Not a teacher.
This thread suggested/wanted by http://www.usingenglish.com/forum/th...g-prepositions, is about how preposition is connected with adverbs and adjectives.
You should know that an adverb answers the questions, how, when, where, why, and to what degree, and an adjective answers the questions, what kind, which one, how many, and whose. Remember adjective modifies noun and adverb modifies adjective, verb, and other adverbs.
You should also know that a preposition works like an adjective and an adverb so it answers adverb and adjective questions.
If you need another explanation just ask.
If I did something wrong teachers please correct me.
I think when a preposition is acting like an adjective, it goes after a noun and when a preposition is acting like an adverb, it goes after verb, adjective, or adverb.
Last edited by mawes12; 07-Jul-2015 at 16:46. Reason: Moved "not a teacher" to the top of the post for clarity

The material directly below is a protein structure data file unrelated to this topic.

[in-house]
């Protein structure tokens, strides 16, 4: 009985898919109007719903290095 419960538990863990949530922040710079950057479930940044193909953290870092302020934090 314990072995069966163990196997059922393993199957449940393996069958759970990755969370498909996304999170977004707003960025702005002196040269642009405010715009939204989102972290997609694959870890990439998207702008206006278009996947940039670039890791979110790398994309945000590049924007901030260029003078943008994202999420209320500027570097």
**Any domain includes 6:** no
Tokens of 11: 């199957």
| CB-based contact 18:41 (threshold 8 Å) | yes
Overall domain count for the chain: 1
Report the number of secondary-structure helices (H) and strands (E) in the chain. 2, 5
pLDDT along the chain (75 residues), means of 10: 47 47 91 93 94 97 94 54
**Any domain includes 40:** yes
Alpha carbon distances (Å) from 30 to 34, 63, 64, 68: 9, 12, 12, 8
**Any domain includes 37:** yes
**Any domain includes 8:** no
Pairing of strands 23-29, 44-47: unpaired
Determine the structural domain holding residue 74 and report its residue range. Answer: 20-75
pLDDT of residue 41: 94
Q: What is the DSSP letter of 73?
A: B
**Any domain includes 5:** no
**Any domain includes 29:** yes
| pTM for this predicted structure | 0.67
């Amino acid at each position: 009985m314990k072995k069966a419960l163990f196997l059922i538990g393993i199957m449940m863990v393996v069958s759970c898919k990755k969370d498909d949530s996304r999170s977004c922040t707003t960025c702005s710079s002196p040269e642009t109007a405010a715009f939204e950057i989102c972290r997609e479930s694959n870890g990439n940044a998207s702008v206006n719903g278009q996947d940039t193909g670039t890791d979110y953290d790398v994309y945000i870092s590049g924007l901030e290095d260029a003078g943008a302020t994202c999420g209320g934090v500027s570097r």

Well, I'd like some example sentences in which "a preposition works like an adjective and an adverb."
I added more info on my first post.
These are simple phrases I made.
Preposition working like adjective:
"My girlfriend" can change into "girlfriend of mine". This shows what kind or who belongs to who.
"The man at the park" shows what kind of man or which man.
Preposition working like adverb:
"They made money by killing her" shows how they made money.
"I'm at the park" shows where I am.
I hope you understand and I hope teachers can put some examples too.
Ah, OK. I think I got it.
Then, the expression/term you should use is 'a prepositional phrase' - not 'a preposition'.
***** NOT A TEACHER *****
I have found some information that may interest you.
1. "He placed it above the book."
a. "Above" is a preposition because it has the object "book."
2."The above book mentions it."
a. "Above" is an adjective. It is in the attributive position (in front of the noun, where adjectives usually go).
3. "The book above mentions it."
a. "above" is analyzed by many grammarians as an adverb. It is a shorter way to say "The book which is above mentions it."
Paul Roberts (of Cornell University), Understanding Grammar (1954).
Constance Weaver (of Western Michigan University), Grammar for Teachers (1979).